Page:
Obedience to God is simply obeying all that God commands us to. Yes, that includes loving the Lord with all our heart, mind, and strength (and interestingly even that was given as a command), but it also includes loving others, serving others, and obeying what God has commanded. In a sense, Christianity is the most straightforward thing in the world: we know what we are to do, we need merely to do it.

Ah, needing merely to do it. There’s the rub. In a great many ways, it is the rub because simply put, we cannot do it ourselves – only the power of the living God in us through His Holy Spirit will enable us to do it. To the extent that we present Christianity without the empowerment of God, we delude others (and ourselves) into their (or our) ability to be Christ-like. “Be transformed by the renewing of your minds” said Paul in Romans 12:2, not “Be better through your own power”.

But the other rub involves the choices we make to simply ignore what God says. Many now question if we can even know what God has said – which I find unusual in the fact that they would become greatly upset if I applied whatever meaning I wanted to their words. “No, no” they would cry, “we meant this.” Odd that they will not apply the same courtesy and standard to the Book they profess to follow.

God has made it abundantly clear what He wants from His children and requires of us. The Bible is replete with examples of where God’s children failed to obey Him fully, or obey Him at all, and the terrible consequences that came as a result of not obeying Him fully – yet we in our arrogance believe that we are somehow immune to the Divine Mandate.

And we wonder why the Church is powerless.

I say requires purposely. God is God and we are not. Scripture says that every knee will bow and every tongue will confess that Jesus is Lord. Every knee, every tongue. God is worthy of our praise and worship because of who He is and what He has done – even the damned will be forced on the Day of Judgment to admit God’s worth, holiness, and perfect justice.

But the 21st Century Church does not take obeying Him seriously. In so many ways, we have become the church of Pergamos in Revelation 2:12-17, wanting to have God but also wanting to have the world in our midst.

To be obedient to God is to be sold out to God. But to be sold out to anything means that one is completely consumed by that thing, conforming to whatever it is, ridding one’s self of anything that is not that thing. Anyone who has worldly high achievements – athletes, intellectuals – understands that to achieve a great thing, one needs to be obedient to requirements necessary to make that thing possible.

But we, the church, continue to cling to God and the world – sometimes for “good reasons” (we can’t be thought of as extreme, or unloving), or sometimes for the pure pleasure that a lack of obedience brings (I know it’s not necessarily right, but after all, it’s not expressly forbidden and we are supposed to have some fun, right?). And then we wonder why we are not having a bigger impact on our world.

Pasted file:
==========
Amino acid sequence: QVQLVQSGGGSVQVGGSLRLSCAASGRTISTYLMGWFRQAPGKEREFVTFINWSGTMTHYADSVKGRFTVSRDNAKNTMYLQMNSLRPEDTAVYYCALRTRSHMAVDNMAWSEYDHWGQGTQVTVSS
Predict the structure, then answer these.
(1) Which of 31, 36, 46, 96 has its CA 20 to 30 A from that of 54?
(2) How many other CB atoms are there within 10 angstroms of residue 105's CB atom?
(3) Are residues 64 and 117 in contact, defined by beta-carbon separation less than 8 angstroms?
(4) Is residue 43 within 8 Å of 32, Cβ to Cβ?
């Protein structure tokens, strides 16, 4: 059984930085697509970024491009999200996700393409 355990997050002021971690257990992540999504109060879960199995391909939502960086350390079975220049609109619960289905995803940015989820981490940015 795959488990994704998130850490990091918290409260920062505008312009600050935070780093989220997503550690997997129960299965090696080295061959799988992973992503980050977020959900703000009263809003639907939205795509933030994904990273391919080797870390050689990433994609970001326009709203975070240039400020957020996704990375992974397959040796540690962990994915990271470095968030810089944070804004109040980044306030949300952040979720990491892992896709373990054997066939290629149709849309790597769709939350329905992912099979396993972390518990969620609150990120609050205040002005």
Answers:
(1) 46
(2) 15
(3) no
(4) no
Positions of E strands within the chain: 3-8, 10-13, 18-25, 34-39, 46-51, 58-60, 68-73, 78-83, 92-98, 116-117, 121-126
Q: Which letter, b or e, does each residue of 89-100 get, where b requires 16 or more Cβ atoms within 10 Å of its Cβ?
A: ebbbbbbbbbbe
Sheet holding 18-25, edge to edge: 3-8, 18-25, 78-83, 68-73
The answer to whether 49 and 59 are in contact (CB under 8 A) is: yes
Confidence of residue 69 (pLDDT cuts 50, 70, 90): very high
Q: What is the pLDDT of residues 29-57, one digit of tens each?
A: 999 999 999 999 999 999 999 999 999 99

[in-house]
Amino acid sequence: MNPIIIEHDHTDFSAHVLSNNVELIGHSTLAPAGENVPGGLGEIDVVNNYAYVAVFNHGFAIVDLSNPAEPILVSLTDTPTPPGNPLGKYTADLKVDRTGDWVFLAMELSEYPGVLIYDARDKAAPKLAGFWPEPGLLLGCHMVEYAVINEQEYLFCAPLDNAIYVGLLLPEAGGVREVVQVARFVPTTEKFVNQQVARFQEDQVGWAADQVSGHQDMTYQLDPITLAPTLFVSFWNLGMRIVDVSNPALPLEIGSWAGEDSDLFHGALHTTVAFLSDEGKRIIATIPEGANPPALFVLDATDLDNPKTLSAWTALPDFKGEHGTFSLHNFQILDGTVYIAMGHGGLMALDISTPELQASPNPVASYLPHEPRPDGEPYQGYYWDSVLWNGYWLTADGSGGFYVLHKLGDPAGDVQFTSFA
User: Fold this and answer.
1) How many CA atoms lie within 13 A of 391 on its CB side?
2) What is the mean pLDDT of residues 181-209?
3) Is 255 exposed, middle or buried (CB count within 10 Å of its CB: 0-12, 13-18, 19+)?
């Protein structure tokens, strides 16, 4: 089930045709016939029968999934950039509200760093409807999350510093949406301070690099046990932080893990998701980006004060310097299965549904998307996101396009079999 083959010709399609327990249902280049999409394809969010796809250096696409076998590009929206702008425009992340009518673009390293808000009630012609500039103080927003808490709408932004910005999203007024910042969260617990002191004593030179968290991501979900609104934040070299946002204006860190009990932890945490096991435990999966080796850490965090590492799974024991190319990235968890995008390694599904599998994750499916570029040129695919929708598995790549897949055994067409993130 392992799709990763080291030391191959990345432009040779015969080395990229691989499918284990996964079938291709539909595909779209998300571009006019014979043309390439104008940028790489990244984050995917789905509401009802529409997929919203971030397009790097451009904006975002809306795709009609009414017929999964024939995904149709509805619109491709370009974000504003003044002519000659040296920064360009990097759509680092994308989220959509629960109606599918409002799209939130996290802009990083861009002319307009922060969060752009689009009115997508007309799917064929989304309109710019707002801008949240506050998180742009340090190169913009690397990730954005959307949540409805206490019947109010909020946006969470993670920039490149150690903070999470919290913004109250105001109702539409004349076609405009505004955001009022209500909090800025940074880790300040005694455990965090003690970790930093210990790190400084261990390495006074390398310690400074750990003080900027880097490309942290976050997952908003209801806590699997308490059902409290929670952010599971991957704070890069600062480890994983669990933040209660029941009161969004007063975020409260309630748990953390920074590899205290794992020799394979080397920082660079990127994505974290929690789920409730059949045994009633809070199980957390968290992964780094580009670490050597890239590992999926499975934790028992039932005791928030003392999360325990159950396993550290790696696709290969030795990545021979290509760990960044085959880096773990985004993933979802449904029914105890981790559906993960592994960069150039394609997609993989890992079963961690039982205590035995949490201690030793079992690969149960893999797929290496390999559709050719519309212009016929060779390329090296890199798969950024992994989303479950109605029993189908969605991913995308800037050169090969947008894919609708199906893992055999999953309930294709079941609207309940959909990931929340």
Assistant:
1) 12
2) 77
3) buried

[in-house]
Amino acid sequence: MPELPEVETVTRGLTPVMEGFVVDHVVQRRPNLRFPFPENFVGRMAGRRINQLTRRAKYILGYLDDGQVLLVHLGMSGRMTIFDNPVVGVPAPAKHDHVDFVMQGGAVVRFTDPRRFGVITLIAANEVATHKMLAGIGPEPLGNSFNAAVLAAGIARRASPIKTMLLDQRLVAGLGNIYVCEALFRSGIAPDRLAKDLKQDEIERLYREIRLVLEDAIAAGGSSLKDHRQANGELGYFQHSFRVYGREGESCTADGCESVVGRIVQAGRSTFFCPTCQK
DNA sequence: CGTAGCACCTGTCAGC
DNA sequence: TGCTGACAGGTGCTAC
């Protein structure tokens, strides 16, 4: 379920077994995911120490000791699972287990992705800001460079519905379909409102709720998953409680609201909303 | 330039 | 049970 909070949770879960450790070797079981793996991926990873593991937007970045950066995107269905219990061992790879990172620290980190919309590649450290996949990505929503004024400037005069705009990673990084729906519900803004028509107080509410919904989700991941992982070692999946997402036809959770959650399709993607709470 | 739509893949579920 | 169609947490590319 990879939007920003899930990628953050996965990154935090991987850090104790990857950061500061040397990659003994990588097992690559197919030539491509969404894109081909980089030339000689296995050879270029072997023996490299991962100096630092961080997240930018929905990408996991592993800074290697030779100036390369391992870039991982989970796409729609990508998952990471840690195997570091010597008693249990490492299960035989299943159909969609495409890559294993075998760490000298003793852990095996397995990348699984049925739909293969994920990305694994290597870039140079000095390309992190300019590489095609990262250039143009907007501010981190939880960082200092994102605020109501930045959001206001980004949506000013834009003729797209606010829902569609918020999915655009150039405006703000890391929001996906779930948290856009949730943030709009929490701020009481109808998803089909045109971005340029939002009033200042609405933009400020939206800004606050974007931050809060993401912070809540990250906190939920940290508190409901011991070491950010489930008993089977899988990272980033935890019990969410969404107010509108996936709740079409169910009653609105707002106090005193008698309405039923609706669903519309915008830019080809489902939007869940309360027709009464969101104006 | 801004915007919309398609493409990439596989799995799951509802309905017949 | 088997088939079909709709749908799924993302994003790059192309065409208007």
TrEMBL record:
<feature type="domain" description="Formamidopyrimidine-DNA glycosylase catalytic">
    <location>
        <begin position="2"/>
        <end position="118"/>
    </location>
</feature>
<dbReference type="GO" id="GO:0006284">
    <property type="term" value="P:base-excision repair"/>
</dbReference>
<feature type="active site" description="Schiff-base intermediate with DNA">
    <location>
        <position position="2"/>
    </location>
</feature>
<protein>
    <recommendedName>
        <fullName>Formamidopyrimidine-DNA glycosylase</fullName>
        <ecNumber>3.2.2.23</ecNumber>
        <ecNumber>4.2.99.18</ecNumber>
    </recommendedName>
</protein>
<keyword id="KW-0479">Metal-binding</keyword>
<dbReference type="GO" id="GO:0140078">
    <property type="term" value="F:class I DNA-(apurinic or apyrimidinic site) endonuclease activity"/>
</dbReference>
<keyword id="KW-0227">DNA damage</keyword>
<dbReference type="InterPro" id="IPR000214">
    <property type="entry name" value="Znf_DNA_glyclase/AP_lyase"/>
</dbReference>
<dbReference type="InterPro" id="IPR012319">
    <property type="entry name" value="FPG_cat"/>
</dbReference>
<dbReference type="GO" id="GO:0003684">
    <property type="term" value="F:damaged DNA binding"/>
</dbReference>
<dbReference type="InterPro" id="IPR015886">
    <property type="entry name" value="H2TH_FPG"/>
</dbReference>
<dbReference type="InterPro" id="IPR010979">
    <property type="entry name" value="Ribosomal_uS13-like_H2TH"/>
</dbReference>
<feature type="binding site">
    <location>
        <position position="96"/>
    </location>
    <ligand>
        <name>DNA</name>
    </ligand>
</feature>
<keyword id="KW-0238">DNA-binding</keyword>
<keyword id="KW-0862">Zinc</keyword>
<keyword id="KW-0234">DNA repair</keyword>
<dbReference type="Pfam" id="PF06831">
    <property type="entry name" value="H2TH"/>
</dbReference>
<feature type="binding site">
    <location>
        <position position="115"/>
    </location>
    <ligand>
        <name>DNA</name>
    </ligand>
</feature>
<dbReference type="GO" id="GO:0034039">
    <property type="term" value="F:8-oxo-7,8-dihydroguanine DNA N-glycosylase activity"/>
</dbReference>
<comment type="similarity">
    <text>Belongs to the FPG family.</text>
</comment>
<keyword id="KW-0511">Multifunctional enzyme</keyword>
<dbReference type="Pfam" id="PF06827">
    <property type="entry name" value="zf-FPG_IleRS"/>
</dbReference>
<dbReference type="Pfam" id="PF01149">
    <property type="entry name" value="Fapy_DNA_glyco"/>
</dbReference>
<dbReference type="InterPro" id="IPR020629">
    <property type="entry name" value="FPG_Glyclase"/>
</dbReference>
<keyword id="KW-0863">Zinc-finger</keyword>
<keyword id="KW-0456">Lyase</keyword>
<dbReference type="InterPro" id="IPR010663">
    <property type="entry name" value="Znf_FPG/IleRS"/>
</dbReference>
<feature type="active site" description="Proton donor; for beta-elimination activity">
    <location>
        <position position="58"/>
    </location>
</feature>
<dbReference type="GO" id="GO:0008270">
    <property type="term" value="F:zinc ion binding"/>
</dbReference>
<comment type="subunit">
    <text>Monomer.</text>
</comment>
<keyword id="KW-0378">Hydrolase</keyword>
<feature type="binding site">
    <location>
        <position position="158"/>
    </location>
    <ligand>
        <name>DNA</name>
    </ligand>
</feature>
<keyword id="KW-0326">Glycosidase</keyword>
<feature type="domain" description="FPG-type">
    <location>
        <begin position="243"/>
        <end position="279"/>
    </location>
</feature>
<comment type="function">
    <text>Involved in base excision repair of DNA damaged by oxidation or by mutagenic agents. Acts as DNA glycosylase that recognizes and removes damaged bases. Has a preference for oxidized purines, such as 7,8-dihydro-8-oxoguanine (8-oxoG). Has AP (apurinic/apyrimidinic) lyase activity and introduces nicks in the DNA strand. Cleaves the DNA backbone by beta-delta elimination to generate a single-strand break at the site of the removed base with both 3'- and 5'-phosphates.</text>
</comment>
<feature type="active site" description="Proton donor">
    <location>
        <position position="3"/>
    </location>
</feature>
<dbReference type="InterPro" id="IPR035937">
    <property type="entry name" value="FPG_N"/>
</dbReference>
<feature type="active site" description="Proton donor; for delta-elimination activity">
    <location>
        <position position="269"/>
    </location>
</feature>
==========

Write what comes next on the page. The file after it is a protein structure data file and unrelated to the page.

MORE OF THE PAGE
What will it take for the church – which is really ourselves – to begin to obey God completely, fully, as He both requires and deserves? What will it take for us to, as John Piper says, make much of God and nothing of ourselves? Only that kind of obedience is both worthy of the God of the Universe and is the obedience that He says He will reward.

Tuesday, March 03, 2009

Silence of the Soul

I have been grappling this week with a silence of the soul; more plainly put, a lack of desire to write (or material to do so).

It's interesting in a way I suppose. This has come up from time to time. It almost the anti-writing period - not so much of a writer's block as a lack of inspiration. Which again strikes me as odd, because one would think that this very period of my life would be chock full of insights and material to write about.

Perhaps in one sense, it's merely a sense of grief. We were notified via e-mail that my former employer is officially defunct. It's very sad - and as at least one person noted, very quick: essentially within a one month period, the company went from fully functioning two trials to everyone either gone or recognizing they were being laid off.

In another sense, perhaps a feeling of futility. I've blogged on this before, but the reality is there is very little I can directly do to secure a job. It takes time and patience. One can search everyday, follow up where possible, hone one's CV and interviewing skills - and then sit until notification occurs. Perhaps in a real way that futility is bleeding over into other parts of my life as well.

In a third sense, perhaps things aren't fully cooked yet. I keep finding things or am giving things to ponder or think about, leaving me with a sense of being the cusp of some big breakthrough, but not there yet.

So I wait. I ponder. And sometimes, I write about why I can't write.